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Pakistan’s dismal show in Asia Cup

While Pakistan’s journey in the ongoing Asia Cup being held in the UAE is far from over, the team’s woeful display in all departments of the game remains a cause for grave concern, let alone the selection blunders that have only added insult to injury.

With the exception of Pakistan’s first outing in the tournament against Hong Kong, the team has appeared to be out of form in almost all other matches.

From the time Pakistan suffered an embarrassing defeat against arch-rivals India in the first of the three likely encounters on Sep. 19, till the team’s drubbing the second time they faced their unforgiving neighbors four days later, not much has changed.

As a matter of fact, things have gone from bad to worse.

Pakistan’s openers have failed to live up to the expectations associated with them in the lead up to the tournament. Being unable to get the team off a brisk start with the bat, both Fakhar and Imam left the team tottering upfront in key matches which led to the middle order batsmen indulging in repair work & trying to make up for lost ground instead of stamping the team’s authority further.

The ability to challenge umpiring decisions that could have been overturned in Pakistan’s favor is also an area where we have missed a trick, with Fakhar obediently walking off like a dutiful officer on two successive occasions when given the marching orders, not realizing that he could have played on had he availed the DRS, which in turn, could have made the life of Pakistan’s grim batting line-up a tad easier.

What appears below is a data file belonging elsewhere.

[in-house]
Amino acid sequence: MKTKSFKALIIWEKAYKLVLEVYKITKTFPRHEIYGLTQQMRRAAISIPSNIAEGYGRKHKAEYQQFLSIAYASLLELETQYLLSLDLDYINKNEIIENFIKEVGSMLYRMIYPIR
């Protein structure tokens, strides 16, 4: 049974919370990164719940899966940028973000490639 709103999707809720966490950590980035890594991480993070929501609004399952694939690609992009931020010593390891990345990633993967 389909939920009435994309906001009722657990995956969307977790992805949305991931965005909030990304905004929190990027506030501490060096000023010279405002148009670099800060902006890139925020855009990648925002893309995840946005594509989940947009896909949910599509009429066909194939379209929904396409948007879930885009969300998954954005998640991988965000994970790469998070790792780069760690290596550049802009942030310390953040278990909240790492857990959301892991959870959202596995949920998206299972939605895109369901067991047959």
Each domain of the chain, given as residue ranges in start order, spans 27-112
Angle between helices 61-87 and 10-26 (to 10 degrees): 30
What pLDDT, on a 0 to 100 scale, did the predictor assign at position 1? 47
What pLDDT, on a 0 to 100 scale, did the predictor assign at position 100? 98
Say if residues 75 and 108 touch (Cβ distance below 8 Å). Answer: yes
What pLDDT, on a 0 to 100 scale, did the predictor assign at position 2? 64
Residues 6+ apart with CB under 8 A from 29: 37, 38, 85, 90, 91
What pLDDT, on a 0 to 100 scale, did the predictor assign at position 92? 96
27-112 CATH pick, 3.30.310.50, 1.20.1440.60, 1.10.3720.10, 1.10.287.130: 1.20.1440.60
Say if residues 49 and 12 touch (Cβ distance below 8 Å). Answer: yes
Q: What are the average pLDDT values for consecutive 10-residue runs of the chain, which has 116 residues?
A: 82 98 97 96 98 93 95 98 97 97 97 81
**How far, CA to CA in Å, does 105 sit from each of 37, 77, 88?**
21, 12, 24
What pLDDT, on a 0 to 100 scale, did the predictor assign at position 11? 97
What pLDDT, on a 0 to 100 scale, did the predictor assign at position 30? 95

Pakistan’s running between the wickets is suffering because of almost zero communication between the batsmen on crease.

Be it Shoaib Malik or Babar Azam, our batsmen have succumbed at key junctures to poor calling/coordination. The lack of firepower in the late middle order has disallowed the team from breaking free in the death overs.

With the team in need of late acceleration after recovering from an early innings collapse, no real power hitter has emerged from the ranks.

The team has been banking on the lone services of Asif Ali who can smack one or two, but is devoid of the temperament required to turn short batting stints into memorable cameos. All-rounders like Nawaz, Shadab, Faheem who many refer to as the “finds of PSL” have also been ineffective with the bat.

Captain Sarfraz’s form continues to deteriorate and chances are that he won’t get any better as captaincy leads to automatic selection, which consequentially can make a player become complacent.

Spinners, who have generally enjoyed a great deal of success in the tournament have been used by various teams to absorb pressure and even take wickets. While quality spinners in Rashid, Mujeeb, Chahal and Kuldeep have been serving their respective countries in a fashion that cannot be commended enough, Pakistan struggle to find a quality spinner who could stop the flow of runs and has enough variety to baffle the batsmen.

It seems the term “milking” in cricket was invented exactly for this feeble Pakistan spin bowling attack in Shadab & Nawaz (needless to mention part-timer Malik), who the opposition batsmen have played with utmost ease and have looked anything but threatening.

For years Pakistan prided themselves on their pace-bowling attack, and they had every reason to do so with the Wasims, the Waqars and the Akhtars.

Guess who’s filling their shoes now?